The Denver Business Journal's Ed Sealover updates on the still-sputtering negotiations over a possible–but increasingly unlikely–special session of the state legislature to address local control of oil and gas drilling. The session, were it to be convened, would seek to pass legislation to forestall ballot initiatives to that could more strictly regulate the industry–from allowing local governments to impose larger setbacks between drilling and other development, to even banning the practice of hydraulic fracturing ("fracking") entirely within municipal boundaries.
As Sealover reports, it's pretty amazing what the oil and gas industry can get insiders to say on their behalf:
The Colorado Association of Home Builders' bipartisan lobbying team and six of its board members have resigned in response to the organization’s decision to support Gov. John Hickenlooper’s proposal to give cities and counties more regulatory power over oil and gas drilling.
The shakeup of one of the most powerful business-industry groups in Colorado — including statements by one of the resigned lobbyists that CAHB seems intent on appeasing a congressman that the lobbyist called a "terrorist" — comes as the governor has said he’ll only call for a special legislative session to consider the proposal if he gets enough support from interest groups to persuade Democrats and Republicans to get behind the plan…
“Governor Hickenlooper has chosen to appease terrorist Polis rather than stating in no uncertain terms that what he is proposing is devastating for Colorado’s economy and should be defeated,” [lobbyist Steve] Durham wrote. [Pols emphasis]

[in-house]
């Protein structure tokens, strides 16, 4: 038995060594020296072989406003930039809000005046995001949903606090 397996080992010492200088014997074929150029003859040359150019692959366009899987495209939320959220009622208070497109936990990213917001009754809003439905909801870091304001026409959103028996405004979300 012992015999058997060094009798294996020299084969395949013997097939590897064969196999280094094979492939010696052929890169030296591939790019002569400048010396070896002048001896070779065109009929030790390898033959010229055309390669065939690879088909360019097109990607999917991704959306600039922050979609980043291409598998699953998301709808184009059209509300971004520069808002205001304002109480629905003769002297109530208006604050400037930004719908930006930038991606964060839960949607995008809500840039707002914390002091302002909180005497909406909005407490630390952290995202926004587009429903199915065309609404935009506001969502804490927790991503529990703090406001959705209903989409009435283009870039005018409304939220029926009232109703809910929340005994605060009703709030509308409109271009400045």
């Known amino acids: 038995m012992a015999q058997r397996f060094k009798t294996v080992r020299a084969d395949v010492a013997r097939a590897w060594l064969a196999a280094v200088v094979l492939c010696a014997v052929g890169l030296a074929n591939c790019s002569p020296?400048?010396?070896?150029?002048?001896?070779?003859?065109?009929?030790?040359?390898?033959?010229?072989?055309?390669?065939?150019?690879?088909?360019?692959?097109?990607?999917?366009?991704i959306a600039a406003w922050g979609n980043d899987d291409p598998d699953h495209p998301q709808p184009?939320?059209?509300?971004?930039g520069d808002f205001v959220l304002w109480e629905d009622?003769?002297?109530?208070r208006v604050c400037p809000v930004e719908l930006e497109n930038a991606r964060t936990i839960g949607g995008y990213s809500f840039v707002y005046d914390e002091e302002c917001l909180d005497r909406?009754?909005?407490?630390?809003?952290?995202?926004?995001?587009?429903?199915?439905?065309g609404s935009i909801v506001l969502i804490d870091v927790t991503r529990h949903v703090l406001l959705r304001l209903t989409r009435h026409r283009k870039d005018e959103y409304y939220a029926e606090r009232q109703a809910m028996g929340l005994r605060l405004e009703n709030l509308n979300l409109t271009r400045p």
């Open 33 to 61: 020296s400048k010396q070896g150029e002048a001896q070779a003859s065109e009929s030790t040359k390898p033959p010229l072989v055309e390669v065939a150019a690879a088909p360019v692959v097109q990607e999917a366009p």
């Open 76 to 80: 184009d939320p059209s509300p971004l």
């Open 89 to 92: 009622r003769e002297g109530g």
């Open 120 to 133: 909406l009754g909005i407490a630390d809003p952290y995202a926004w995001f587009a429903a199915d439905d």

In truth, many of the conservationist groups supporting one or more of the ballot measures in question are displeased with Rep. Jared Polis for even negotiating with Gov. John Hickenlooper and the oil and gas industry–since they believe, and not without good reason, that a local control ballot measure can pass this fall. Despite this, Polis has expressed support for Hickenlooper's compromise bill, and offered to pull his support for the ballot measures if the compromise effort were to succeed. Without Polis' wealth to back these initiatives, they will naturally be more difficult to pass.
But to claim that pursuing a statewide ballot initiative, the most small-d democratic process that exists in this state or for that matter most anywhere, is tantamount to "terrorism" reveals just how far out of touch lobbyists like Steve Durham are. Our genteel local media is pretty good about sanitizing ridiculous statements like these before the public gets wind of them, so we suspect this won't see much publicity beyond the Denver Business Journal. If they're smart, Durham's friends in the oil and gas industry hope so–Durham might not care what anyone thinks of him, but voters get a little upset about being lumped in with "terrorism" for, you know, voting.
How much contempt does this industry have for the voters of Colorado? If Steve Durham is any indicator, a lot.